Here’s the scenario: mom is clearly at the end of her life. She has been brought into the emergency room for care. She has no advance directives and is unable to speak for herself. There exist two choices for mom’s care – the Intensive Care Unit for aggressive management, possibly with ventilator support, or palliative care with the focus on comfort care.
There are numerous children, family and friends involved with mom and they are getting input from every source. Someone knows someone who has the same disease process as mom and they had a round of chemo and are cured of stage IV metastatic disease. Someone knows someone who is a doctor or nurse and they have a host of recommendations to follow not having seen the patient.
The family is confused and at odds over what to do. No one agrees on what mom would want or what they want for mom. Dad is looking at his bride of over 50 years and does not want to entertain the idea of losing her but feels she’s had a good life and wouldn’t want aggressive treatment. The son thinks that in not doing anything aggressive is akin to murdering mom. The daughter does not want her to be in pain. Another daughter is hoping for a cure. No one speaks to the daughter who lives out of state but is the most vocal in what she wants done for mom. And then there are doctors who will offer a chance at some curative therapy in the hope and belief that mom may be of that very small percentage of people who at this stage in the disease will have some degree of remission. There are also doctor’s who will not tell the family that their mother is at the end of her life maybe because they can’t let go of trying to be curative or maybe they are just afraid of having the discussion about death and dying with the family. The family is overwhelmed, confused, angry, sad, grieving. They are fighting with nursing staff and each other.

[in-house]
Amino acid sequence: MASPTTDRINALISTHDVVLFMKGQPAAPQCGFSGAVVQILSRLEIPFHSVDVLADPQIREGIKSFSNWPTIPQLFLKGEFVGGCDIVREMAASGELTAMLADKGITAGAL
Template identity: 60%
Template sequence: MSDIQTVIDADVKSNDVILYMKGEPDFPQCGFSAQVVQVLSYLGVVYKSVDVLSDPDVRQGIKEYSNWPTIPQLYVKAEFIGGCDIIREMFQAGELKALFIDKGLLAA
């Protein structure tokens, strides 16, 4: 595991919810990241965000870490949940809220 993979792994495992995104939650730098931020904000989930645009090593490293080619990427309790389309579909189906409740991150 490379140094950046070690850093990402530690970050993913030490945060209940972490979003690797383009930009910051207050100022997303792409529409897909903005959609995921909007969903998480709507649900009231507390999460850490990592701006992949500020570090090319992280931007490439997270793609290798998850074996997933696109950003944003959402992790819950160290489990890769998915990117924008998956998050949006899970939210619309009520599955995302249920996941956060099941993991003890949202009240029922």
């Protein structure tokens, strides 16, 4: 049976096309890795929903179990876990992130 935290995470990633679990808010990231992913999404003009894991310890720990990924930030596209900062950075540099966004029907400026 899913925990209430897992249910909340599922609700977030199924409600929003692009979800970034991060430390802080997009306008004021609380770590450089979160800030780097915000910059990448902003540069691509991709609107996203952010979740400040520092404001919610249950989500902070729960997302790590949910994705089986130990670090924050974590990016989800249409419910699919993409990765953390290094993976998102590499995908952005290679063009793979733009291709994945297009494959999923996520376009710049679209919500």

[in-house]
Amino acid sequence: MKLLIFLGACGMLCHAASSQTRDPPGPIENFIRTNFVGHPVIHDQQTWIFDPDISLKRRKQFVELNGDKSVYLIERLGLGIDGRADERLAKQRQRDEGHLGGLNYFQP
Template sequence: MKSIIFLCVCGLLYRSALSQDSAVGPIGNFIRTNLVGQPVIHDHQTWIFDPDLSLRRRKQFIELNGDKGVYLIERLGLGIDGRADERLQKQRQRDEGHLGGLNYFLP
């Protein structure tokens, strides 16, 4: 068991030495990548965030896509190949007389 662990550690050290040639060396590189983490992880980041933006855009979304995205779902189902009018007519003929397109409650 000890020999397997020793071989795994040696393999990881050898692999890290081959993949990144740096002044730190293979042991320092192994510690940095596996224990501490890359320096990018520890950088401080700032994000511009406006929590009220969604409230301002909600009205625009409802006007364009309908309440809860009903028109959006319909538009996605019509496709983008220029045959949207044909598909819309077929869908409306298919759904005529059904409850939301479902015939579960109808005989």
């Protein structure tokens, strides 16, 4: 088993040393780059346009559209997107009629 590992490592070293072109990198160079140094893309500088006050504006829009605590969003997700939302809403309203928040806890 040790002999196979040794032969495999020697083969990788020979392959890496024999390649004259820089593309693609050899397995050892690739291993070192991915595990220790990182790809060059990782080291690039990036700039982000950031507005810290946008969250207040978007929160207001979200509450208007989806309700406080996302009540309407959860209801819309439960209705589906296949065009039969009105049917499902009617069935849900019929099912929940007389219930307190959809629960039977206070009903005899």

Here’s where we come in, our first step is to recognize we can’t cure the patient’s disease or the dysfunction of the family. We set up a family meeting to help provide the family with all the information they need to make a decision regarding the goals of care for mom and to help them focus on quality of life. Most times we are able to help the family get on the same page. And sometimes we are not able to do so. We have yet to come across the perfect family. Every family we come across has some degree of dysfunction.
Sometimes the family has members who are in such denial or have such a strong fear of losing their loved one they will continue futile care and continue artificial means to keep their loved one alive – even at the cost of quality of life. Often, the unreasonable family members, the angry family members remain as they have always been prior to mom’s illness – unreasonable and angry and they frequently stand in the way of family decisions regarding care.
The lesson here is to make sure that you clearly speak to your family about what you want should you be unable to speak for yourself. Appoint a health care proxy who you know will follow your wishes and will focus the care you receive on the quality and comfort level you would want should you not be able to speak for yourself.